I’m ashamed that it has taken me this long to finally getting around to writing an MSR Whisperlite Review. I should have done it ages ago because it is not just one of the best liquid-fuel stoves out there, it is also by far one of the most popular.
A quick description
The Whisperlite is the best selling stove made by MSR (Mountain Safety Research), one of the biggest names in quality outdoor gear. The reason this stove is so popular is because it is light, rugged and fairly easy to use. It is also incredibly versatile and will serve as a handy workhorse whether you are climbing, hiking, trekking or just camping out in the woods. It is also a whole lot quieter (hence the name) than its cousins, the DragonFly and expedition stove, the MSR XGK. It is also a fair bit lighter than the other two. The tradeoff is that it does not have the very fine simmer control of the DragonFly nor is it built like a soviet era tank in the way that the XGK is.
Why consider it?
A liquid-fuel stove is great because you always know exactly how much fuel you have left just by sloshing it about. With a gas canister you never quite know. Liquid-fuel stoves are also more fuel efficient and have a more constant boil time, whereas gas canister stoves become sluggish when it is very cold and when the gas canister is less than half full. So if you are planning on doing longer expeditions or going into cold and high conditions then this will serve you well.
Why might you not want it?
If you are planning low-level hiking and camping and mild conditions and you want the simplicity of just being able to open a valve and light the stove, then you would probably prefer a gas-canister stove or something very light and easy like a Trangia stove.
The Whisperlite also falls behind in the simmer department. It more or less has two settings, off and blastoff. Think of trying to cook on the aft-end of a jet fighter with its afterburner ignited and you’ll get the picture. So if you plan on doing fancier things than boiling water for pasta, then you should consider one of the other stoves with better simmer control such as the DragonFly.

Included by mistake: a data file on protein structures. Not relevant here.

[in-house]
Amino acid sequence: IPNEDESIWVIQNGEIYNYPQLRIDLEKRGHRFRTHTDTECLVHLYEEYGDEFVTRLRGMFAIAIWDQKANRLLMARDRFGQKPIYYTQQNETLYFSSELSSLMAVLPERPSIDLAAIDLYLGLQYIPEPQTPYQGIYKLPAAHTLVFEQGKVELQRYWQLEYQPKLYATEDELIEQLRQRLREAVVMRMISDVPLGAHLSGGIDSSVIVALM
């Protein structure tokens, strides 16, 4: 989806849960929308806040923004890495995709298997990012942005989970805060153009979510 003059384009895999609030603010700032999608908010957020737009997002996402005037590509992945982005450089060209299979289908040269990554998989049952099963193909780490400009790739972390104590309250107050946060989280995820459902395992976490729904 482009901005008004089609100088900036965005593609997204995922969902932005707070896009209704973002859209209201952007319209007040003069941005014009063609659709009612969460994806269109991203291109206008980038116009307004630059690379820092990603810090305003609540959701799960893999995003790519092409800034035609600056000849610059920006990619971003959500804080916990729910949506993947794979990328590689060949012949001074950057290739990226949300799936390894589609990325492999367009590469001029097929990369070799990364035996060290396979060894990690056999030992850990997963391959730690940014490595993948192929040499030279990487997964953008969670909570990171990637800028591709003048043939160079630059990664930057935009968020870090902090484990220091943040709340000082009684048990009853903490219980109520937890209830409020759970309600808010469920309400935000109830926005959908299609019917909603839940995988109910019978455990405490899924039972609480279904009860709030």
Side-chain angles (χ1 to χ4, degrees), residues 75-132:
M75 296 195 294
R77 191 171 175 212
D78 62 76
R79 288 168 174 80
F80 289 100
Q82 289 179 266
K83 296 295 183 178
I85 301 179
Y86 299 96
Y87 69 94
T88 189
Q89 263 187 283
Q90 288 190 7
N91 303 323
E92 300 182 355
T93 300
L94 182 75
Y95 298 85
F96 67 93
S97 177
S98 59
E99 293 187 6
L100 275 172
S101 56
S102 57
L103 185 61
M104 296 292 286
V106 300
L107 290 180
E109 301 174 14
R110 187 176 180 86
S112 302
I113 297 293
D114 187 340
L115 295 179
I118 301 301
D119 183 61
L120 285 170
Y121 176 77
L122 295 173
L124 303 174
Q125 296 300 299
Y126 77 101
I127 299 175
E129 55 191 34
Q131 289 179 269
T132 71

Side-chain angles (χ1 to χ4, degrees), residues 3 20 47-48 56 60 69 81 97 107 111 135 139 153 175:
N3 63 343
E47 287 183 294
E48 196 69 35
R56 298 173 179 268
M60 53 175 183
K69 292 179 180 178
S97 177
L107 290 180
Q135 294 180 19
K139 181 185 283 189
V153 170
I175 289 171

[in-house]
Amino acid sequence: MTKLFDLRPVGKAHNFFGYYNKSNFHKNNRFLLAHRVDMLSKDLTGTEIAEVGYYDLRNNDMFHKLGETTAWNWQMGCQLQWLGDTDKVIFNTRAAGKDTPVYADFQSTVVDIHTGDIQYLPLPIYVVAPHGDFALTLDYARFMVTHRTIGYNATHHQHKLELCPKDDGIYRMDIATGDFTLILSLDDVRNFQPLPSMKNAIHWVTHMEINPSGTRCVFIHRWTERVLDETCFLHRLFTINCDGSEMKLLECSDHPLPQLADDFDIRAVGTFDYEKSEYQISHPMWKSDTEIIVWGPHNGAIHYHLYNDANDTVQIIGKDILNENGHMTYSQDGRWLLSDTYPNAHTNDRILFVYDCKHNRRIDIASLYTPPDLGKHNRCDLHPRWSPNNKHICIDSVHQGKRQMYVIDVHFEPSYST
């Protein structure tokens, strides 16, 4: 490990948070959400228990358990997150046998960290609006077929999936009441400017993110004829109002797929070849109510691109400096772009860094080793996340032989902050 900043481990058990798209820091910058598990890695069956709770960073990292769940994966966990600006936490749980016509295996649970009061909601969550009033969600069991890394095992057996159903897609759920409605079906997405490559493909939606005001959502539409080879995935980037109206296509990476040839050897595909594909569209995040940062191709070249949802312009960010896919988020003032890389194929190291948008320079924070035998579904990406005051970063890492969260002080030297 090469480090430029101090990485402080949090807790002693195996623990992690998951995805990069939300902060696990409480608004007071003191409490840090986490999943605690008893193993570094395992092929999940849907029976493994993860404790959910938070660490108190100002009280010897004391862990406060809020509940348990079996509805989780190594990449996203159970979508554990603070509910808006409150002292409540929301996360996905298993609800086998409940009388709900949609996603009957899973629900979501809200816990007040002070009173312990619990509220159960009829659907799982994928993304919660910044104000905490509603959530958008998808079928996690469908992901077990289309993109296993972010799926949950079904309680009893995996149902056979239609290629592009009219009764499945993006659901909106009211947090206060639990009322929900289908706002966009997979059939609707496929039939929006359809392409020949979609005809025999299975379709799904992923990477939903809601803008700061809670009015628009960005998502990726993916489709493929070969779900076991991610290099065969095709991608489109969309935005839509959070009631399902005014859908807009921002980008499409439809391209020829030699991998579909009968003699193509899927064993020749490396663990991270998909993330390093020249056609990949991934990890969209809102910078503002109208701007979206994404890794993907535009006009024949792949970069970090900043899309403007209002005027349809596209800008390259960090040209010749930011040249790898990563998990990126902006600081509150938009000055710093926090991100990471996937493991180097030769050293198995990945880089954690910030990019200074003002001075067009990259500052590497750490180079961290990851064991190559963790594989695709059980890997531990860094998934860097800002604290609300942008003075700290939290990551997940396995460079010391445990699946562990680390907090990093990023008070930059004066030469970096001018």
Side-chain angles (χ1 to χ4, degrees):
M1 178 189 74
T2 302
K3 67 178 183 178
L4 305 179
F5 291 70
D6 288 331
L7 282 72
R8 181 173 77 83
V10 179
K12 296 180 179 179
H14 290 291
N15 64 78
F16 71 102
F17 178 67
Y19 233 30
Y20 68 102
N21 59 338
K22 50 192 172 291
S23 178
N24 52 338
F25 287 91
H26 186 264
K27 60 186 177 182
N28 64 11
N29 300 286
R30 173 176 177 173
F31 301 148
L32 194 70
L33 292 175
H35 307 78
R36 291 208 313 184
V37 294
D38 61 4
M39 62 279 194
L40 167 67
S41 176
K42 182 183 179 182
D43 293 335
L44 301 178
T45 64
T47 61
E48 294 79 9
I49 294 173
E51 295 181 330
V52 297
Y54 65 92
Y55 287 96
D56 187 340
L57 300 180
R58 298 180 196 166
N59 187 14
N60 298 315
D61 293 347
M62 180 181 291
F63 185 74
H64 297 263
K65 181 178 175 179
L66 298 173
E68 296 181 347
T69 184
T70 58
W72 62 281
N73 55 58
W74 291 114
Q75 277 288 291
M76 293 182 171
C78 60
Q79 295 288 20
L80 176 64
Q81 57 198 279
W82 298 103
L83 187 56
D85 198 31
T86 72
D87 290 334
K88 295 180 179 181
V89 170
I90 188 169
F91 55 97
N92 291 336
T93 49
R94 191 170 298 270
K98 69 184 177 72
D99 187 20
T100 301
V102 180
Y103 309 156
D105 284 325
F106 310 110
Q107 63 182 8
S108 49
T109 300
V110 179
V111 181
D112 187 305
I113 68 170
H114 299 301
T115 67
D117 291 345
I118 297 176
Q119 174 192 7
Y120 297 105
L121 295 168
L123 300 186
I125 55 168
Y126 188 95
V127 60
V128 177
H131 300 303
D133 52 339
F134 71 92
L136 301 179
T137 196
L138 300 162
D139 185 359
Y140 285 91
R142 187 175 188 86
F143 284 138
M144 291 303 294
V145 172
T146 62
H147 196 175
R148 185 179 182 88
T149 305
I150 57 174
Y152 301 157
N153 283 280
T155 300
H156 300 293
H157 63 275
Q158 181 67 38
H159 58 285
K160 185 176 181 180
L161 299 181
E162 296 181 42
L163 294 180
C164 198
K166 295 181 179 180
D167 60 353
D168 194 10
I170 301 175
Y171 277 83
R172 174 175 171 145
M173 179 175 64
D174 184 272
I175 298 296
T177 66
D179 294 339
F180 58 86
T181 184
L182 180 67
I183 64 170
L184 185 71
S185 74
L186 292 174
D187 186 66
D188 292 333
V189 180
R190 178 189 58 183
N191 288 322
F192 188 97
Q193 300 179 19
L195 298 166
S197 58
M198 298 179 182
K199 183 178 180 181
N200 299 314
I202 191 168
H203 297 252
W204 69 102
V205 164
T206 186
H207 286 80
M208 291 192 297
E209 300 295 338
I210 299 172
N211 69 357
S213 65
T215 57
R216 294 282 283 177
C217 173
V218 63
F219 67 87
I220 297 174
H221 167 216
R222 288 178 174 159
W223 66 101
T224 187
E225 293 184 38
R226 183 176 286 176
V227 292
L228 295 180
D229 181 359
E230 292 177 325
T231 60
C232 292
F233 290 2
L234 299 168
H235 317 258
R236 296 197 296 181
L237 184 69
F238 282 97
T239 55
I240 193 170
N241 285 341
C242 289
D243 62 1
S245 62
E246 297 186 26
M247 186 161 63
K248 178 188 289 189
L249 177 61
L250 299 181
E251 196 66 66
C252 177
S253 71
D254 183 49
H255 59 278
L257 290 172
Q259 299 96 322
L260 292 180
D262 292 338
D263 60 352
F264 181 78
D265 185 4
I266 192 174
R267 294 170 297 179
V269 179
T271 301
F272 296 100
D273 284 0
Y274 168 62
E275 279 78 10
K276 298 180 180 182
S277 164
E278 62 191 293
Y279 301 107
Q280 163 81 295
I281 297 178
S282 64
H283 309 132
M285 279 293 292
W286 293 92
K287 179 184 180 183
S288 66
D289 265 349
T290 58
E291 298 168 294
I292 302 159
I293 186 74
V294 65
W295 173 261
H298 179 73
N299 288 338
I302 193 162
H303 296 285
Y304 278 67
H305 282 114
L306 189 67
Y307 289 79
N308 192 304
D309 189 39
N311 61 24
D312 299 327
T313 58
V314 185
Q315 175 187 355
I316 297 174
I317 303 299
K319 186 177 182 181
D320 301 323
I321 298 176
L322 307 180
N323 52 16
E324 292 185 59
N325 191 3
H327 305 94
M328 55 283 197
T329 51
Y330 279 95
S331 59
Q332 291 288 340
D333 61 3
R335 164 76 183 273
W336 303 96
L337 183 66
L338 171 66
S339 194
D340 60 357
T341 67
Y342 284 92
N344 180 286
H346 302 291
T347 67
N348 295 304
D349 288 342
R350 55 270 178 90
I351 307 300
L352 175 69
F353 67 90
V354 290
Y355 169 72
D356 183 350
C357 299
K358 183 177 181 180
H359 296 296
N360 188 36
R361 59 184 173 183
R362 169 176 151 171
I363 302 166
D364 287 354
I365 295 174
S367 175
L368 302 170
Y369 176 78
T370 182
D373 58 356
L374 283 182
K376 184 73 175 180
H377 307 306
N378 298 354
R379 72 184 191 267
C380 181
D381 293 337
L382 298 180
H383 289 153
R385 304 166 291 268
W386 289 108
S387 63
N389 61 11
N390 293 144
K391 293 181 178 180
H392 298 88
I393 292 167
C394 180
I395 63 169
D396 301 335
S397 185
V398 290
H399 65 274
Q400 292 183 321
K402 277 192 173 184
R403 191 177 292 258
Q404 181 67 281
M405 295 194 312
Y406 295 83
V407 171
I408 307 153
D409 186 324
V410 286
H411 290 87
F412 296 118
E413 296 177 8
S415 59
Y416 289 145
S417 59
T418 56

The basic stove consists of a few main parts:
- The main burner, stand, potholder and and fuel pipe (these are all in one)
- A fuel pump that goes inside the fuel bottle and pressurises it
- A fuel bottle
- a windscreen
- small parts kit (for repairs etc)
- a heat reflector to go under the burner
The total weight of the stove itself (including everything but the fuel bottle) is listed by MSR as 14.5 oz (or 410 grams) but you can strip it down to a minimum weight of 11 oz (305 grams) by MSR. That’s about a quarter lighter than the bigger MSR DragonFly stove that I’ve already reviewed (and used in most parts of the world)
MSR lists the boil time on this stove as 3.9 minutes for 1 litre of water. I haven’t double checking that (I had been meaning to, which is why I have held off from writing this review for so long) but it actually seems as if they have understated its boil time rather than having overstated it. In some tests that were done by Trail Magazine in the UK (see the chart to the left), the MSR Whisperlite International had a boil time of a bit less than 3 minutes (all using white gas, or benzine). So it doesn’t seem to me that they are pumping up their numbers. I’ve written a brief post on how different stoves compared in this camping stove comparison test.